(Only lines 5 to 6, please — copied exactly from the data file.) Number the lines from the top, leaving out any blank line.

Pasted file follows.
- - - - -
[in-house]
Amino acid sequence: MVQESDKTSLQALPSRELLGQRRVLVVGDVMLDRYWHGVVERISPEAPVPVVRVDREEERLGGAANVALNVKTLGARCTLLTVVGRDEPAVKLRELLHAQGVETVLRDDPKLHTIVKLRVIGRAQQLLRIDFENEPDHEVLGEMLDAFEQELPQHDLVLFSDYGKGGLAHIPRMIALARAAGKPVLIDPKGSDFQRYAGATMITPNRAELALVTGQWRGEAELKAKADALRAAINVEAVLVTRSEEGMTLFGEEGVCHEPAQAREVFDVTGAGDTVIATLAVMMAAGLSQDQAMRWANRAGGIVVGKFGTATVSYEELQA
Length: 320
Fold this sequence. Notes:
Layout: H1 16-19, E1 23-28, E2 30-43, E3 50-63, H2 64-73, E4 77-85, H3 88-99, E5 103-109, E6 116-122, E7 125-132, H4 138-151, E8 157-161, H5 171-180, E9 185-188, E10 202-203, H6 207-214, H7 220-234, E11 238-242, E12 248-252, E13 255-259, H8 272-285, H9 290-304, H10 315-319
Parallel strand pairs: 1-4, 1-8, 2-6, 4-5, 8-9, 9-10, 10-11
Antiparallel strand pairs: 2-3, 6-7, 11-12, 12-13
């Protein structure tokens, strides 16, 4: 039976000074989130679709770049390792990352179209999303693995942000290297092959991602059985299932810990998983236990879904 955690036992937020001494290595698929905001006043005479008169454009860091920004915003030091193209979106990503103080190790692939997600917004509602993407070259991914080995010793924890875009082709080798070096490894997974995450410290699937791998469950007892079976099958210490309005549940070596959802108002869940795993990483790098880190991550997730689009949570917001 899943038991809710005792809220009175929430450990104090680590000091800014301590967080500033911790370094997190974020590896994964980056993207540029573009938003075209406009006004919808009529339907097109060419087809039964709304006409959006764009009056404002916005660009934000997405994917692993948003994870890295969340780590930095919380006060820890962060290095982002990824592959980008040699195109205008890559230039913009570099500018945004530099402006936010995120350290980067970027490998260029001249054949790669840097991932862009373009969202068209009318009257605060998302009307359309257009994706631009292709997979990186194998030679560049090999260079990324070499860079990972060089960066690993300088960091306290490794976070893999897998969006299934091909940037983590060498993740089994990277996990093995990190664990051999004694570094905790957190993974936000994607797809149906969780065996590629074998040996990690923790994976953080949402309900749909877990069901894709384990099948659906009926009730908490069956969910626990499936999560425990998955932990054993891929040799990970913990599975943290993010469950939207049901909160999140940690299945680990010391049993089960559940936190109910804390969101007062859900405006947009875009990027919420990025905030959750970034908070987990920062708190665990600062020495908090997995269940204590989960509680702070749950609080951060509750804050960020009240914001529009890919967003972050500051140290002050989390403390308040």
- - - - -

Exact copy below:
Layout: H1 16-19, E1 23-28, E2 30-43, E3 50-63, H2 64-73, E4 77-85, H3 88-99, E5 103-109, E6 116-122, E7 125-132, H4 138-151, E8 157-161, H5 171-180, E9 185-188, E10 202-203, H6 207-214, H7 220-234, E11 238-242, E12 248-252, E13 255-259, H8 272-285, H9 290-304, H10 315-319
Parallel strand pairs: 1-4, 1-8, 2-6, 4-5, 8-9, 9-10, 10-11